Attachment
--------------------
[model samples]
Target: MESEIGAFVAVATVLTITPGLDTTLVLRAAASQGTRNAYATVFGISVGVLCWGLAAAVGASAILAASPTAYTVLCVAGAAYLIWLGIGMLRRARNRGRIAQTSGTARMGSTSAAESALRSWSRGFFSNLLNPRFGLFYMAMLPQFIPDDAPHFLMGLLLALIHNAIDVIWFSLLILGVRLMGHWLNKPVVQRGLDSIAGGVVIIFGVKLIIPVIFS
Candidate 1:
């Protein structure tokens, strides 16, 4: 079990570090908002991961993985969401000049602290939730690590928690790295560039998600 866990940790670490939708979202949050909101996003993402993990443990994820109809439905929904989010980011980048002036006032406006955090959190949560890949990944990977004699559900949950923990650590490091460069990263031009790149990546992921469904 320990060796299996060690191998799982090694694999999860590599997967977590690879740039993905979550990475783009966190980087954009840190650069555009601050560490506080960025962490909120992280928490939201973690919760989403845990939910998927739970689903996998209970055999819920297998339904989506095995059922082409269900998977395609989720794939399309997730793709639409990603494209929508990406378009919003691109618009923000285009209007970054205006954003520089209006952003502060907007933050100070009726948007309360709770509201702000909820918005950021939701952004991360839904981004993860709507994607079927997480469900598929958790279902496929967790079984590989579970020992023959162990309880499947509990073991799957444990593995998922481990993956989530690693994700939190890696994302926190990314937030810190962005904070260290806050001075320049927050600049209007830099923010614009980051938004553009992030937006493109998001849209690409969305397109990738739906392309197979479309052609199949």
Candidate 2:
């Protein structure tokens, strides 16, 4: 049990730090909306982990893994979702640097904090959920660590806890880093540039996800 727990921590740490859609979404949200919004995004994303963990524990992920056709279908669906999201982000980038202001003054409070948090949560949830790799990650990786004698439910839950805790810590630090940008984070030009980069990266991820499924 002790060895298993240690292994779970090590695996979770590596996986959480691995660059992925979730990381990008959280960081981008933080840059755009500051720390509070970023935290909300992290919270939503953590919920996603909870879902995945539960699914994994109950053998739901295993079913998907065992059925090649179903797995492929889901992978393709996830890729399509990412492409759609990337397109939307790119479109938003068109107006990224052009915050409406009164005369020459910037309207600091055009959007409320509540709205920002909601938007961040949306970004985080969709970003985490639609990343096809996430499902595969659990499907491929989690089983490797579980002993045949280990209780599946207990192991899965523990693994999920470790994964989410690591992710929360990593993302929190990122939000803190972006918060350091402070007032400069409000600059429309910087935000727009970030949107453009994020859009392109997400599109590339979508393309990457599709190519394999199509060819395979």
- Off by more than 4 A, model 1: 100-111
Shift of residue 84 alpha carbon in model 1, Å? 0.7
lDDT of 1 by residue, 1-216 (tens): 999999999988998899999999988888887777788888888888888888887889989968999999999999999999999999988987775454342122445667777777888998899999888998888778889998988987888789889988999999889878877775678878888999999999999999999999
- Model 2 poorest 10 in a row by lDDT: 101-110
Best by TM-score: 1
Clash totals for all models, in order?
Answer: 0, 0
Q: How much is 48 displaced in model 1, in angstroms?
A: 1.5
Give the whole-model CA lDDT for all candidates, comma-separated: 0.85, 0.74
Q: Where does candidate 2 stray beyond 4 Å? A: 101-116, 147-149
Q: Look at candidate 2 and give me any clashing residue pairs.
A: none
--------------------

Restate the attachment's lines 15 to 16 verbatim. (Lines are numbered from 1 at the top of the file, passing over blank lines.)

A: 1.5
Give the whole-model CA lDDT for all candidates, comma-separated: 0.85, 0.74